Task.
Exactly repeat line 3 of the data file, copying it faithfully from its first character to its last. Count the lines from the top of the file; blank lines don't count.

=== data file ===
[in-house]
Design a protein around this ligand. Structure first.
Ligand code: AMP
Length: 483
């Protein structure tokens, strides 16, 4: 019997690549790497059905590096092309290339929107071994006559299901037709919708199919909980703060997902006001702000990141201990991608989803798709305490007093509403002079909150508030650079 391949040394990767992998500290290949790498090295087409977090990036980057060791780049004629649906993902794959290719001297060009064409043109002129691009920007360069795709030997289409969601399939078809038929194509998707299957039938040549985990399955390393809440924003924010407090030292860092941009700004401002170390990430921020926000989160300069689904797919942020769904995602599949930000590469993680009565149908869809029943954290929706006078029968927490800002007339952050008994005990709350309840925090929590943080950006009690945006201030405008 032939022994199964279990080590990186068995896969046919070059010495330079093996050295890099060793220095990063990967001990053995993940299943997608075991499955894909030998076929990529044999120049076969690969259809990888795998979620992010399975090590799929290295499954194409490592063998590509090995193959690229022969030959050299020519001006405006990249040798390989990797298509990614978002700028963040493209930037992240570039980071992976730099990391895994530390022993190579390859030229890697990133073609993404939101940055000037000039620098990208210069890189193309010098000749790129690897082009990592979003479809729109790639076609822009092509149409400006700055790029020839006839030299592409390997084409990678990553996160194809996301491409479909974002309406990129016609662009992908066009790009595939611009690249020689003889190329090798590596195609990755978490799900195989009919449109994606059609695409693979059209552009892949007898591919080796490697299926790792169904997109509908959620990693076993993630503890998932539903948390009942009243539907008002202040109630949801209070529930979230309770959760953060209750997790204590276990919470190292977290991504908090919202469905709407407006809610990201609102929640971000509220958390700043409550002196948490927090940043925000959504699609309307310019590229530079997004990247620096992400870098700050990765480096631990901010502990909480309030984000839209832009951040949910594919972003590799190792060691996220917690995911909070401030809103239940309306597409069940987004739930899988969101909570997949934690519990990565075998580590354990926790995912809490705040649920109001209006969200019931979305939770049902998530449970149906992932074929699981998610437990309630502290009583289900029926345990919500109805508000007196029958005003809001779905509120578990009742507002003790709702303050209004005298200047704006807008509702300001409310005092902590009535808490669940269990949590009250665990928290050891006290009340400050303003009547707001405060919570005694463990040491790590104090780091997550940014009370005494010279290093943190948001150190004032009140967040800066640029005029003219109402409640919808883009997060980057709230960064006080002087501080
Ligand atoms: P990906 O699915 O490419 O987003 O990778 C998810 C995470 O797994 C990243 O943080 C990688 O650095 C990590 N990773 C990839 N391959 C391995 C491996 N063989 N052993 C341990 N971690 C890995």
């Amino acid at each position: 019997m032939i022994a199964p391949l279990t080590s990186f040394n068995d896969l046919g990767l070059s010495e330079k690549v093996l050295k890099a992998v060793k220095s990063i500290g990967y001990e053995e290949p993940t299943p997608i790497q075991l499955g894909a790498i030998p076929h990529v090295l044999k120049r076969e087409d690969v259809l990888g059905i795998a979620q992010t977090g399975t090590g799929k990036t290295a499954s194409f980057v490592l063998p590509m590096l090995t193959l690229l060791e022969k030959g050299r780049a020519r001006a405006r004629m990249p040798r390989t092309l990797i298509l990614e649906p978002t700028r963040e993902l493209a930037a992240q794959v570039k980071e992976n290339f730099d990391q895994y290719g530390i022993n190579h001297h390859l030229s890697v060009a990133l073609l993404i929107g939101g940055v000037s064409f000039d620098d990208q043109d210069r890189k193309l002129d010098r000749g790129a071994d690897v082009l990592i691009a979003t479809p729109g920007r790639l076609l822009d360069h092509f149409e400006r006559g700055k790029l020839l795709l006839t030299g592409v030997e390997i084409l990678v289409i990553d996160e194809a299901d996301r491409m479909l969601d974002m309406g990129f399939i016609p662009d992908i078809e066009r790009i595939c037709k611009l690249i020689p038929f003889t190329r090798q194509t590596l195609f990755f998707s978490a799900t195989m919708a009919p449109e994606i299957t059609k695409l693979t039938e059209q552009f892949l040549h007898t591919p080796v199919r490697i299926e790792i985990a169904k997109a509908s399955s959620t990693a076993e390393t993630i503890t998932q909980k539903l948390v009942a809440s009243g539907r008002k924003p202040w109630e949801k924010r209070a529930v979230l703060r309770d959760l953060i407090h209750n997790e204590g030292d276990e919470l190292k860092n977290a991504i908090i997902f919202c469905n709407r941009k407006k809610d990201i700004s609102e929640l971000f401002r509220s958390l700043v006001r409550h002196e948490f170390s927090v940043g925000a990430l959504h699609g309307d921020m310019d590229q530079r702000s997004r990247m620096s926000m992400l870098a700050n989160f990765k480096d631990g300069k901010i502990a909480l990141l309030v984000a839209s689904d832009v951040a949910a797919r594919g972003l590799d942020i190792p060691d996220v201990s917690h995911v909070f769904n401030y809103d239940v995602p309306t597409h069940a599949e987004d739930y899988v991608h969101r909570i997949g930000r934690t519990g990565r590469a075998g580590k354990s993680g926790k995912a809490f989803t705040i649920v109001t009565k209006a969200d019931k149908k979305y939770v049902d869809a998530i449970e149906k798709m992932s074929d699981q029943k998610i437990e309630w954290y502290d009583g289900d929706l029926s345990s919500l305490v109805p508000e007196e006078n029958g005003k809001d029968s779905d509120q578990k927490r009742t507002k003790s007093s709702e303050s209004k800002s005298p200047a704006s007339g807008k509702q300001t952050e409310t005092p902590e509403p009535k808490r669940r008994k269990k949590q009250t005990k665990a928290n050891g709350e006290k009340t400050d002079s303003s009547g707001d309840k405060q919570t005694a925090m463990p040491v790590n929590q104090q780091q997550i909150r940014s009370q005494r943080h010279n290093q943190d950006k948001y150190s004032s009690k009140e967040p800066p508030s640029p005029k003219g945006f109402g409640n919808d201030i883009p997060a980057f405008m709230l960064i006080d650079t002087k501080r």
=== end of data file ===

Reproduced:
Ligand code: AMP